Modern language researchers at some of the UK’s leading Universities are calling for the appointment of a ‘Chief Government Linguist’ to champion the importance and relevance of languages to policy-making.
Researchers from the Arts and Humanities Research Council's (AHRC) flagship Open World Research Initiative (OWRI) presented key findings from their research across a wide range of areas (including culture, the creative industries, education, international relations, trade, communities and health) and called for the creation of a post of ‘Chief Government Linguist’ who would help to embed languages in policy-making across a range of government departments.
The intervention comes in the context of concerns about the continuing fall in numbers studying modern languages in higher and further education, and the consequent effects on the national capacity in fields where languages are vital to the future of the UK, such as international relations, trade, defence, culture and community cohesion.
Professor Janice Carruthers, Professor of French Linguistics at Queen's and Leadership Fellow in Modern Languages with the AHRC spoke at a Westminster event hosted by Stephen Kinnock MP. Over 60 MPs, Lords, civic leaders and senior civil servants attended the event on Languages and the Future of the UK which was sponsored by the AHRC.
Professor Carruthers outlined to MPs the value of languages, both globally and locally: "Internationally, as the UK forges new relationships around the world, speaking the language of those with whom we are doing business, or negotiating sensitive issues, opens the door to a completely different level of intercultural understanding, with better outcomes for diplomacy, peace-building, defence, health and trade.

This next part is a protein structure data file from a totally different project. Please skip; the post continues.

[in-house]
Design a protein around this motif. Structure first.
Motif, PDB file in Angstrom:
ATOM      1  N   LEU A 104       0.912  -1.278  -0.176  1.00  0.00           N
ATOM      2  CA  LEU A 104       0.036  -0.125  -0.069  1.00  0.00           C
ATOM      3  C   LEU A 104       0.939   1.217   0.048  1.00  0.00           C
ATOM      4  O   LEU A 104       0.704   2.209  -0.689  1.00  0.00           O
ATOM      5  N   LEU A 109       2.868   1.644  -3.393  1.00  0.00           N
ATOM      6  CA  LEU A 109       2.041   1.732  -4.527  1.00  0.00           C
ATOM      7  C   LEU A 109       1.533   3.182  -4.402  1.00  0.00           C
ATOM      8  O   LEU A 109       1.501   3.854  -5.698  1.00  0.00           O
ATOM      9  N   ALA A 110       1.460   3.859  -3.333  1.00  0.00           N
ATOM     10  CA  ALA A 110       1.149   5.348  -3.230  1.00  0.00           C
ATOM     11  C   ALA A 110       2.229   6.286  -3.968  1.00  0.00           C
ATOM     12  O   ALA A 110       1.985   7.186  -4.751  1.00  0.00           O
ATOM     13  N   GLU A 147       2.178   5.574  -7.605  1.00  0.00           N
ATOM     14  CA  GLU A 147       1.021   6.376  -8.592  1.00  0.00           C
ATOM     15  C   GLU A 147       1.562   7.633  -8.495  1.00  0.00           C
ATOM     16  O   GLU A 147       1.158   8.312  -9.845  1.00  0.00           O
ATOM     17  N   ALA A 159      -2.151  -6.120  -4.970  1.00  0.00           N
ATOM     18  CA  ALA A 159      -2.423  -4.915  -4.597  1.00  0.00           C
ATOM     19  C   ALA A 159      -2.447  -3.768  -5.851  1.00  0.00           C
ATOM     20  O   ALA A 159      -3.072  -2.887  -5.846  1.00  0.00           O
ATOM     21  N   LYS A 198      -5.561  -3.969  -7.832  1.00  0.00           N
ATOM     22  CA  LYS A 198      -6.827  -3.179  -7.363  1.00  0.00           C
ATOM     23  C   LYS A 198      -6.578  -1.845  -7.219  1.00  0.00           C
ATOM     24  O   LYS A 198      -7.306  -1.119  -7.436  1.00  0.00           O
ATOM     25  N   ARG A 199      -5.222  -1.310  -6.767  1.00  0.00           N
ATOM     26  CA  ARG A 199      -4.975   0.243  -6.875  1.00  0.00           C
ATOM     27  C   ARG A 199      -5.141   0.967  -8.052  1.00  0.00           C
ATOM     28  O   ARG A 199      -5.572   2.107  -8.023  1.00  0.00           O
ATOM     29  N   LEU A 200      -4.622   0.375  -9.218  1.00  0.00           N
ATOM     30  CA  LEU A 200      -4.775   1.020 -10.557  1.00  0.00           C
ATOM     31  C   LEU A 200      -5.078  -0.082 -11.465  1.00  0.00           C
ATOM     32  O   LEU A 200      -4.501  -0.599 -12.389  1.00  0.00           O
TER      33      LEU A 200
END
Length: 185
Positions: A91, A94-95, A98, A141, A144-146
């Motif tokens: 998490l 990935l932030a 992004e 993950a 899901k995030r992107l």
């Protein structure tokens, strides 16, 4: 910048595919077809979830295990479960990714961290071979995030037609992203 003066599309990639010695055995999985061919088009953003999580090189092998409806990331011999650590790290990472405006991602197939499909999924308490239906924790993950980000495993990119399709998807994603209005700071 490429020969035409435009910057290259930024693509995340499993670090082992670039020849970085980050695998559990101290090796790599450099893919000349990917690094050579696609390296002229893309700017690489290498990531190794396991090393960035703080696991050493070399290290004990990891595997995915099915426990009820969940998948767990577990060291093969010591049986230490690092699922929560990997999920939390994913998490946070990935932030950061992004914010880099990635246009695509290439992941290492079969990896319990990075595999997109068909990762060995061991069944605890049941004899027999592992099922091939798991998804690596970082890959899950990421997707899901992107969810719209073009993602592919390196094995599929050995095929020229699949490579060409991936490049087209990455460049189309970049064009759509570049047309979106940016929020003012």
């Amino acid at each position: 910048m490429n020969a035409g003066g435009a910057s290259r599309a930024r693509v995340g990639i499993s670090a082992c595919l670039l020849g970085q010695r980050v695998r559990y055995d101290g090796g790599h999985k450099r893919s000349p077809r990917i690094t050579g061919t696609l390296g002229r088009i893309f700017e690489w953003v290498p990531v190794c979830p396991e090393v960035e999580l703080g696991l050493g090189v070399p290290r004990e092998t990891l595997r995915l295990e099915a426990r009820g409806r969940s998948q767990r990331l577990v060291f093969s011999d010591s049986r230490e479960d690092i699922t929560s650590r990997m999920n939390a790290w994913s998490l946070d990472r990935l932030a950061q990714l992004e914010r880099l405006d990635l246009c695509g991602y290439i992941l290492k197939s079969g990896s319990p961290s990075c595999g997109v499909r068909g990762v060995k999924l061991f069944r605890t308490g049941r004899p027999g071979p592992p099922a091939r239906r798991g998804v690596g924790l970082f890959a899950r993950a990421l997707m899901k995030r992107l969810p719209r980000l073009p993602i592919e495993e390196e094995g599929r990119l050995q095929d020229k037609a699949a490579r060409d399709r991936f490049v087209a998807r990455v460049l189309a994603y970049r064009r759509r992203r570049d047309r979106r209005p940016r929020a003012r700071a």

"At a local level, community cohesion – urban and rural - is reinforced if we value the languages that are so central to the identity of our immigrant communities, and the indigenous languages of Wales, Scotland and Northern Ireland."
Highlighting the importance of languages, Stephen Kinnock MP said: “The highly developed intercultural skills that come with learning another language are absolutely vital for successful trade and diplomacy, peace making and cultural awareness. But the subject has no dedicated advocate in government. We need someone who can provide that overview and help the UK enjoy the remarkable benefits of better language skills.”
The role of the Chief Government Linguist would be similar to the Government Chief Scientific Adviser. He or she would be a senior civil servant who would mobilise executive support and coordinate the embedding of languages in government policy across a range of departments. They will be a champion for languages both within and outside government.
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